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I have the following perl code that will eventually be a webpage:

my($dbh) = DBI->connect("DBI:mysql:host=dbsrv;database=database","my_sqlu","my_sqlp") or die "Canny Connect";
my($sql) = "SELECT * FROM hardware where srv_name = \"$srv_name\"";
my($sth) = $dbh->prepare($sql);
$sth->execute();

$sth->bind_col( 1, \my($db_id));
$sth->bind_col( 2, \my($db_srv_name));
$sth->bind_col( 5, \my($db_site));
$sth->fetchrow();
$sth->finish ();
my($sql) = "SELECT sites.\`site_code\`, sites.\`long_name\` FROM \`hardware\` JOIN \`sites\` ON \`sites\`.id=\`hardware\`.\`site\` where \`hardware\`.\`id\`=\'$db_id\'";
my($sth) = $dbh->prepare($sql);
$sth->execute();
$sth->bind_col( 1, \my($db_site_code));
$sth->bind_col( 2, \my($db_long_name));
$sth->fetchrow();
$sth->finish ();
$dbh->disconnect;
print "$db_site_code<br>$db_long_name";

The query above does work however what I'm trying to find out is there any way I can run one SQL query and get the db_site_code and db_long_name from the sites DB without running the 2nd query? The hardware DB has the foreign key 'id' in the sites Db.

When you read anything about relational DBs they all say it's by far the most efficient method of getting data from your database but I just can't see how this is any quicker than just running 2 select queries. What I've done above would surely take longer than "select from hardware where srv_name = $srv_name" then "select from sites where id = db_site_id"? Any comments are greatly appreciated.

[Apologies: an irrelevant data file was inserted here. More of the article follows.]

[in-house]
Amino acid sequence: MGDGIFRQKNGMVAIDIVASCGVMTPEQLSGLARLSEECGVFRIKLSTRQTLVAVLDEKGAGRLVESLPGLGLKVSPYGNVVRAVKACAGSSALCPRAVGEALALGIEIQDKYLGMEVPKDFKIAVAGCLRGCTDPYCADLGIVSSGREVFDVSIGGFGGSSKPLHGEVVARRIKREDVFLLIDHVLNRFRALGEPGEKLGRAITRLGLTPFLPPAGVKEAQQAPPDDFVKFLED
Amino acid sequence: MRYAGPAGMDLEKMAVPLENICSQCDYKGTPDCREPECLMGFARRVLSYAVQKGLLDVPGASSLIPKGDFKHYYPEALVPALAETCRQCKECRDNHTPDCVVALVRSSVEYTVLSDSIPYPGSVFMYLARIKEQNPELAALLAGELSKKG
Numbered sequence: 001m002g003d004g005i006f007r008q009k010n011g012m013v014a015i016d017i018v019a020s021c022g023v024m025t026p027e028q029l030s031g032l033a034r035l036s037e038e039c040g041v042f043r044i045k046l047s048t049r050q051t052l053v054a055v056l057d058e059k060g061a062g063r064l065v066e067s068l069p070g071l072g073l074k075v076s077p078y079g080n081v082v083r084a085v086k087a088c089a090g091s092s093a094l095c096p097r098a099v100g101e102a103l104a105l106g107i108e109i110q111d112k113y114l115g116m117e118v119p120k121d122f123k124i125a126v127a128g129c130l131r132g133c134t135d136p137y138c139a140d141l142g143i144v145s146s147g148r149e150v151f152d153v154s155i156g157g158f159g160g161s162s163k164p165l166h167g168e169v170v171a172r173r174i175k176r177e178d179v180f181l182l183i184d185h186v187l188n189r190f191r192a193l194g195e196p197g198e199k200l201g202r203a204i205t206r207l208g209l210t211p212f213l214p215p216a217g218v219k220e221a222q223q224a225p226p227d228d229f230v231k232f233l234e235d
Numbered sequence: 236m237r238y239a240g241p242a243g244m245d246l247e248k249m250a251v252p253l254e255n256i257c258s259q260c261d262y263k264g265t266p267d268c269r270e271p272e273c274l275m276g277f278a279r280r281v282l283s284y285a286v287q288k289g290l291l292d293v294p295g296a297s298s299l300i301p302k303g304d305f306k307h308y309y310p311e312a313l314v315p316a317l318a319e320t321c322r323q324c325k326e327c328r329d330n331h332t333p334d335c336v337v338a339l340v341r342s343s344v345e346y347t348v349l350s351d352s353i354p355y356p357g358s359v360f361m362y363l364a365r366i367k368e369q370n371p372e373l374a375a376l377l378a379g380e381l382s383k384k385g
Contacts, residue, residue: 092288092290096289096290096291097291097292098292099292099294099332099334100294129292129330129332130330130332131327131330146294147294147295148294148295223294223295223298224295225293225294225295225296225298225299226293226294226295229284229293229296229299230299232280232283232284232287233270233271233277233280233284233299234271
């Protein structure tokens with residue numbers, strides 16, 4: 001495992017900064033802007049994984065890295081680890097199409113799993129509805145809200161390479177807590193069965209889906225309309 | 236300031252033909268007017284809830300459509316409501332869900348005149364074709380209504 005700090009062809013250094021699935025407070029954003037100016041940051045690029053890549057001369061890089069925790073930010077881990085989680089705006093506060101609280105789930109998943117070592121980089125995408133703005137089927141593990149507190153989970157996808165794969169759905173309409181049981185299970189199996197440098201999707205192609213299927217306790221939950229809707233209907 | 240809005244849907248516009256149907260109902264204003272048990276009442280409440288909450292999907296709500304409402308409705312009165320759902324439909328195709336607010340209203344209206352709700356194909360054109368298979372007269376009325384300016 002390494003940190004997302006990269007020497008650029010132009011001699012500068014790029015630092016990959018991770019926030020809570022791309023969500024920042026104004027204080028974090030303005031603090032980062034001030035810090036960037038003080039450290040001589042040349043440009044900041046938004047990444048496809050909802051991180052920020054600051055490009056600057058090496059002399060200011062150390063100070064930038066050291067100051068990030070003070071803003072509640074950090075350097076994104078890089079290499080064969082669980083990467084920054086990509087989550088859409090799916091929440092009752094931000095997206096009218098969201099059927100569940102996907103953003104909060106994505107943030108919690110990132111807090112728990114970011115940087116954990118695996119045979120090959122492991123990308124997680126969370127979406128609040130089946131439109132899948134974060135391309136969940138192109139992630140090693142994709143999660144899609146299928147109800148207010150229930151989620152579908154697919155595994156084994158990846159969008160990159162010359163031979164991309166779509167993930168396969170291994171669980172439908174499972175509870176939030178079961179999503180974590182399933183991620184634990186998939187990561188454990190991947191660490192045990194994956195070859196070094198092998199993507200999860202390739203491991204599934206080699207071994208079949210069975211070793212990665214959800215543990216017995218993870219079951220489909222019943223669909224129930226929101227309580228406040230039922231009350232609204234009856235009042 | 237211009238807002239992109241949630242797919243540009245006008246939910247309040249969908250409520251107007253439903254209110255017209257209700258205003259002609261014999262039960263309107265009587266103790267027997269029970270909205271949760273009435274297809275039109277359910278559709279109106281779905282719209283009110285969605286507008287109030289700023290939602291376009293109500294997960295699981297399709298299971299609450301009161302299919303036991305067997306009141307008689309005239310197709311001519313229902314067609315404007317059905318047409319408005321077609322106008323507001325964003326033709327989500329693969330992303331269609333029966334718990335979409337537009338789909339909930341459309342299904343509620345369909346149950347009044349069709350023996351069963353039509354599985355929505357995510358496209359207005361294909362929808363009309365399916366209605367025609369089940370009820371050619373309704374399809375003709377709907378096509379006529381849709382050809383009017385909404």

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6  
Before you cause yourself serious harm, please take the small amount of time necessary to use proper SQL placeholders in your application. –  tadman Nov 6 '12 at 21:31
    
Thanks tadman. I will do. It's only for a local intranet but I agree there are some evil people out there and some of them might work with me! –  NuttyP Nov 6 '12 at 22:42
1  
The code you run on your intranet could become code you run publicly at any time. Use best security habits at all times. –  Bill Karwin Nov 6 '12 at 22:44
    
Also, the users who seem most simple often find the weirdest ways to get data they usually shouldn't get, or to create shortcuts to be 'more efficient' by tricking your web app. –  simbabque Nov 6 '12 at 22:47
    
Anyone named "O'Malley" will really appreciate it if you properly escape all your data. –  tadman Nov 6 '12 at 23:36
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2 Answers

up vote 0 down vote accepted

Here's an example of how to do this with placeholders as well as a combined query. If I understand your DB correctly, you can just omit the first query and add the server name instead of the ID in the second query. I might be mistaken there, but my example will still be of value for the Perl suggestions.

use strict;
use warnings;
use DBI;

# Create DB connection
my $dbh = DBI->connect("DBI:mysql:host=dbsrv;database=database","my_sqlu","my_sqlp")
  or die "Cannot connect to database";
# Create the statement handle
my $sth = $dbh->prepare(<<'SQLQUERY') or die $dbh->errstr;
  SELECT s.site_code, s.long_name 
  FROM hardware h 
  JOIN sites s ON s.id=h.site 
  WHERE h.srv_name=?
SQLQUERY